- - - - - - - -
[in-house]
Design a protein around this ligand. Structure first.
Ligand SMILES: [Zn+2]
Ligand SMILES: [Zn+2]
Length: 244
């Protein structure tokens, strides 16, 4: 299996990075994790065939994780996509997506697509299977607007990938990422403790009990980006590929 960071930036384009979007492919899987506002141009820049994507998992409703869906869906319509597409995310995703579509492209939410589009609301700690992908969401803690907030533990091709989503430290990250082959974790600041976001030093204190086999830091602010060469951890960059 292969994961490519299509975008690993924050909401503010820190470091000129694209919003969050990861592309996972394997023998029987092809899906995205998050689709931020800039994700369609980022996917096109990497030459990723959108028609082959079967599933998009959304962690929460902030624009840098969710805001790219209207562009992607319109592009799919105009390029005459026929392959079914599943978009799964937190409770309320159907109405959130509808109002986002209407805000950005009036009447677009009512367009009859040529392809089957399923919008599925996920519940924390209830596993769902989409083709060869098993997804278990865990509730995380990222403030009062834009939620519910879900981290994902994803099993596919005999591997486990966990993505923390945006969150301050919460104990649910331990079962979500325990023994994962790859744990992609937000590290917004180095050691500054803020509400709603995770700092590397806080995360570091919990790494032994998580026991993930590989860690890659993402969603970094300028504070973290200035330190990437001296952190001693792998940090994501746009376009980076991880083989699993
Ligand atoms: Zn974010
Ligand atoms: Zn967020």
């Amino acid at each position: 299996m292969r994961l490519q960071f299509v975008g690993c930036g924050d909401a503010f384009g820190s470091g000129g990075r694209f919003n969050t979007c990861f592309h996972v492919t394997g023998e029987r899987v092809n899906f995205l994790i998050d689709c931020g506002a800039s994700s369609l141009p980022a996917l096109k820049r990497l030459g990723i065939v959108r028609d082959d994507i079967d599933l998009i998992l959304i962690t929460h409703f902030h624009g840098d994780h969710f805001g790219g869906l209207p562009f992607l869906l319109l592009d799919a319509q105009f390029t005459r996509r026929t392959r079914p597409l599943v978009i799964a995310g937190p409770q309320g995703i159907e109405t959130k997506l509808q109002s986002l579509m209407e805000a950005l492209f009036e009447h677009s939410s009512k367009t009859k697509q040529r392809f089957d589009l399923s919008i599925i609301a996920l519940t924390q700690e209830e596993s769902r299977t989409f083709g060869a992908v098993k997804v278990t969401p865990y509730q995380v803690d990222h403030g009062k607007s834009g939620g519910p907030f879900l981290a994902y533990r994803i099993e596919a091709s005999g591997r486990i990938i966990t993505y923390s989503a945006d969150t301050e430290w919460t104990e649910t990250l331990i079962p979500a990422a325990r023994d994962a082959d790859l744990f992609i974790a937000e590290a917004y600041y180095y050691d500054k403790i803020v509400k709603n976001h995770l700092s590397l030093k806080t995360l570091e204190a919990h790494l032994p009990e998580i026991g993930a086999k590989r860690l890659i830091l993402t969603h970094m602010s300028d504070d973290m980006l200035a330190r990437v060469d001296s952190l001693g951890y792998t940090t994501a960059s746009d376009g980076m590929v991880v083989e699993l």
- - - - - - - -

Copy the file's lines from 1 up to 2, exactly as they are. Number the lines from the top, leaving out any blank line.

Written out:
[in-house]
Design a protein around this ligand. Structure first.